Make a financial plan for your retirement abroad
Iain Yule considers the financial implications of your decision to retire overseas.
Iain Yule, is Editorial Director of World of Expats which offers a wealth of information on the whole expat experience free of charge.
One of the essentials if you are thinking of retiring abroad is to make sure your money is in good shape for your new life overseas.
So make a plan based on a few basic considerations:
- • Careful money management
- • Take your pension with you
- • Check your retirement resources
- • Don’t get frozen out of a full pension
- • Get further information
Careful money management – what it means to be a British non-resident
Make the most of your potential new status as a British non-resident, you could benefit from a lower cost of living and your tax bills may also be reduced.
Some forward planning is required to make this happen.
One of the secrets lies in moving your money ‘offshore’ before you move. If you leave money behind in the UK it will be assessed for income tax. When you are non-resident you do not have to pay UK income tax.
Retaining a UK bank account that pays interest or investments that pay dividends means income tax will automatically be deducted.
So, you should let the taxman know you are becoming non-resident using forms available from your local tax office or at www.hmrc.gov.uk
Even if you are receiving your UK bank interest tax free, you may still have to complete a UK self-assessment tax form to declare it as ‘UK source income’. Open a bank account offshore in the Isle of Man or Channel Islands, however, and you can have any interest you earn roll up tax free, without having to declare it to the taxman while you are non-resident.
You can even move your money offshore before you leave. As long as no interest is paid on it until you are non-resident it will grow tax free.
Take your pension with you
These days it is quite easy to make sure that you get any pension entitlement from the UK sent to your new home overseas. UK state pensions can be paid into a bank account wherever you go, but first find out if you have a full entitlement to it and whether it will rise in line with inflation.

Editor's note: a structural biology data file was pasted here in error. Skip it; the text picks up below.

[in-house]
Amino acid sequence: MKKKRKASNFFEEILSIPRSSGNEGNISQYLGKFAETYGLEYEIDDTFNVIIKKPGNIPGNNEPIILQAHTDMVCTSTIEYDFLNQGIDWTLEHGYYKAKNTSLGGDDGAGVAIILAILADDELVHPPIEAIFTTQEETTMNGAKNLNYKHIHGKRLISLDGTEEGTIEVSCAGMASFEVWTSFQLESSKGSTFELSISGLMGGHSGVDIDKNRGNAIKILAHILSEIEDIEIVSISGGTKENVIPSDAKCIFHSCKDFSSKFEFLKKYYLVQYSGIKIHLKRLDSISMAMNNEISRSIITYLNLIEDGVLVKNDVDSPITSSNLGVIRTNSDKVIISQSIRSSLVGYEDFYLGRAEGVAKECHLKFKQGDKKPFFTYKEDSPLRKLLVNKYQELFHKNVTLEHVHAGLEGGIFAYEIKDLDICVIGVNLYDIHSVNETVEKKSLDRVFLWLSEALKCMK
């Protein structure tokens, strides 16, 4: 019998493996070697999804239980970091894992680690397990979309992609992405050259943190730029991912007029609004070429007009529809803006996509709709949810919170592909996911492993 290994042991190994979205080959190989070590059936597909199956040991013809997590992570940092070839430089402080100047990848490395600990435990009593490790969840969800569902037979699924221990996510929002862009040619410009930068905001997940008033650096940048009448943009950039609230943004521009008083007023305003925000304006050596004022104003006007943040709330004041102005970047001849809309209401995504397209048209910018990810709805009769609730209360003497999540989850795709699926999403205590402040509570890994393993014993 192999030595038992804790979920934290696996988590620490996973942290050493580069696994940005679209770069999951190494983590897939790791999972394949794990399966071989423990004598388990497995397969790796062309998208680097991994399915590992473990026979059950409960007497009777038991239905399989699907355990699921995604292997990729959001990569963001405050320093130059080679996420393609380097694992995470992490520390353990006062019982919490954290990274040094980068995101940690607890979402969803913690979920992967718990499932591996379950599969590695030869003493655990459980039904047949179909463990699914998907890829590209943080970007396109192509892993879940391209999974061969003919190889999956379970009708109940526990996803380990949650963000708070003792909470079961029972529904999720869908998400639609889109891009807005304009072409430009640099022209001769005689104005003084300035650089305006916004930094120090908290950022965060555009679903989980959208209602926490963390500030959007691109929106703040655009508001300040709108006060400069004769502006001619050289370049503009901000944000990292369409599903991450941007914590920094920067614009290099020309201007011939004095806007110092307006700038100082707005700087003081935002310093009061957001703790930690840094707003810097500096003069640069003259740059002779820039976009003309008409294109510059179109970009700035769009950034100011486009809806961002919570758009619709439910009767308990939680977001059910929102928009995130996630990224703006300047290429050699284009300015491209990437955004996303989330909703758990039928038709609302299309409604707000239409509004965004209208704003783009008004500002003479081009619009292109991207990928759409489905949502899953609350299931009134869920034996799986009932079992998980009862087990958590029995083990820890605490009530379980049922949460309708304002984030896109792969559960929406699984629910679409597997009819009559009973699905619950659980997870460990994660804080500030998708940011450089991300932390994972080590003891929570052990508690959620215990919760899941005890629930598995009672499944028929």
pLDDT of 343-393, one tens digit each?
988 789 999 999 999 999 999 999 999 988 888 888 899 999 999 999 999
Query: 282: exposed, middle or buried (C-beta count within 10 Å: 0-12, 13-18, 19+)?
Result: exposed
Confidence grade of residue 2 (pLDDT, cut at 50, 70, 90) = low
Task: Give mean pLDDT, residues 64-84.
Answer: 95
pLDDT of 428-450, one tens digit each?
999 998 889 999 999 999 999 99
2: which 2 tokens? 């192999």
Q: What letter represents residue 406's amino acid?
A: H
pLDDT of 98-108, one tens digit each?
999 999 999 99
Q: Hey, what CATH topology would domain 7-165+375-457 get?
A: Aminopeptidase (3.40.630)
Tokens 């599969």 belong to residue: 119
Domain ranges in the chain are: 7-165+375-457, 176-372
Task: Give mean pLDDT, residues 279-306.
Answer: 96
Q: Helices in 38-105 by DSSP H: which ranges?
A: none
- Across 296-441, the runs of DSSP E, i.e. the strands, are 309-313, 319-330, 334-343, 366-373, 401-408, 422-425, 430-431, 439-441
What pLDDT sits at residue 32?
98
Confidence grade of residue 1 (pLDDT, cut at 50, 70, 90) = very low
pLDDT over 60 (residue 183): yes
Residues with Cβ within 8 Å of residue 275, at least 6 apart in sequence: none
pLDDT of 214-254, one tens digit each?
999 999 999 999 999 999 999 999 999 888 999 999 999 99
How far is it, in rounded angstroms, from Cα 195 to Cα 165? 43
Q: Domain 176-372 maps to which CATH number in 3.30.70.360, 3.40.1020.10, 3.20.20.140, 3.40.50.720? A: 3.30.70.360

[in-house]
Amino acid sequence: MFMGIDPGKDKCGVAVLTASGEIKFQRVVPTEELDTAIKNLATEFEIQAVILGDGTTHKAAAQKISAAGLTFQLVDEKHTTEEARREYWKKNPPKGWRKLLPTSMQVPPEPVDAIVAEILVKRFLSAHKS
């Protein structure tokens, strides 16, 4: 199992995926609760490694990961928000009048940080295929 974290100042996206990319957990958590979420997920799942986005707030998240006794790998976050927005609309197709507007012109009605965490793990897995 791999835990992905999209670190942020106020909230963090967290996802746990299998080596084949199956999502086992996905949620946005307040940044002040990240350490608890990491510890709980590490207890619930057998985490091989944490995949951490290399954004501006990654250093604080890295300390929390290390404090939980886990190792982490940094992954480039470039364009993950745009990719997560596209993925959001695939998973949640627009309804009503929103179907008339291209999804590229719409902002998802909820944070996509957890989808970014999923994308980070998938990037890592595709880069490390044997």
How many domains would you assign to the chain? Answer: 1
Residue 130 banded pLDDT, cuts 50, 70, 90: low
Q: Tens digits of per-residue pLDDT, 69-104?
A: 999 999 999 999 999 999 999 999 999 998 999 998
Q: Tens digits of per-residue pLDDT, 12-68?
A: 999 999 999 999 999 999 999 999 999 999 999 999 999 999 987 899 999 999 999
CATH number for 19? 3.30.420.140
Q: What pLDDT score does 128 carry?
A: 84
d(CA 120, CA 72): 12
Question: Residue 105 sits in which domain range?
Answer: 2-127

If you have missed even a relatively small number of years’ national insurance contributions (NICs) you may face a reduced rate of state pension. If you have ‘missing years’ when you have not been paying NICs you can buy back some arrears to make up the required 30 years’ contributions (rising to 35 years for those reaching state retirement age after 6 April 2016).
See the Check your retirement resources section at the end of this article for how to establish whether you are eligible for a full UK state pension.
Even if you are fully eligible for this pension, it may not be protected against inflation in future years. A bizarre anomaly means that in some popular retirement destinations the rate of UK state pension you receive will remain frozen at the rate first paid to you. (See below)
It’s important to factor currency fluctuations into your cost of living overseas. If the pound weakens against your host country’s currency then you will have less to spend locally.
As you approach retirement abroad it may be best to start to convert at least some of your income-producing assets into the currency of your new country. That way you will lessen any great exchange rate shocks.
Check your retirement finances
It is quite easy to get a personal state pension forecast if you contact the government’s pension service. Have your national insurance number to hand.
The service will tell you what your current eligibility for UK state pension is and how much you can pay to replace any missing national insurance contributions in order to boost your pension entitlement, if necessary.
There’s a wealth of information on how UK expatriates are viewed by the government, its tax collectors and social services.
You can download all necessary forms to complete to make sure you get all the tax advantages of being non-resident.
If you’re heading abroad, don’t forget to track down any pension you are due from employers. In the first instance you should contact any employer with whom you held an occupational pension.
If you have difficulty doing this there is a service that may be able to help. The Unclaimed Assets Register (UAR) tries to reunite pensioners with occupational pension entitlements they may have forgotten.
You can contact the UAR. There is a small fee to register for a pensions search.
Don’t get frozen out of a full pension
The UK does not index-link state pension payments made to British retirees in: Australia, Canada, Hong Kong, New Zealand, South Africa, Trinidad & Tobago and Zimbabwe. This means that pensions do not increase each year in line with inflation, gradually eroding their value over time. So these may be warmer climes, but your state pension will be frozen.
Elsewhere, just as in Britain, state pensions rise in value with the UK’s cost of living.
The contents of this article are for reference purposes only and do not constitute financial or legal advice. Independent financial or legal advice should be sought in relation to any specific matter. Articles are published by us without any knowledge or notice of the circumstances in which you or anyone else may use or rely on articles or any copy of the information, guidance or documents obtained from articles. We operate and publish articles without undertaking or accepting any duty of care or responsibility for articles or their contents, services or facilities. You undertake to rely on them entirely at your own risk, and without recourse to us. No assurance of the quality of articles is given or undertaken (whether as to accuracy, completeness, fitness for any purpose, conformance to any description or sample, or otherwise), or as to the timeliness of the publication.
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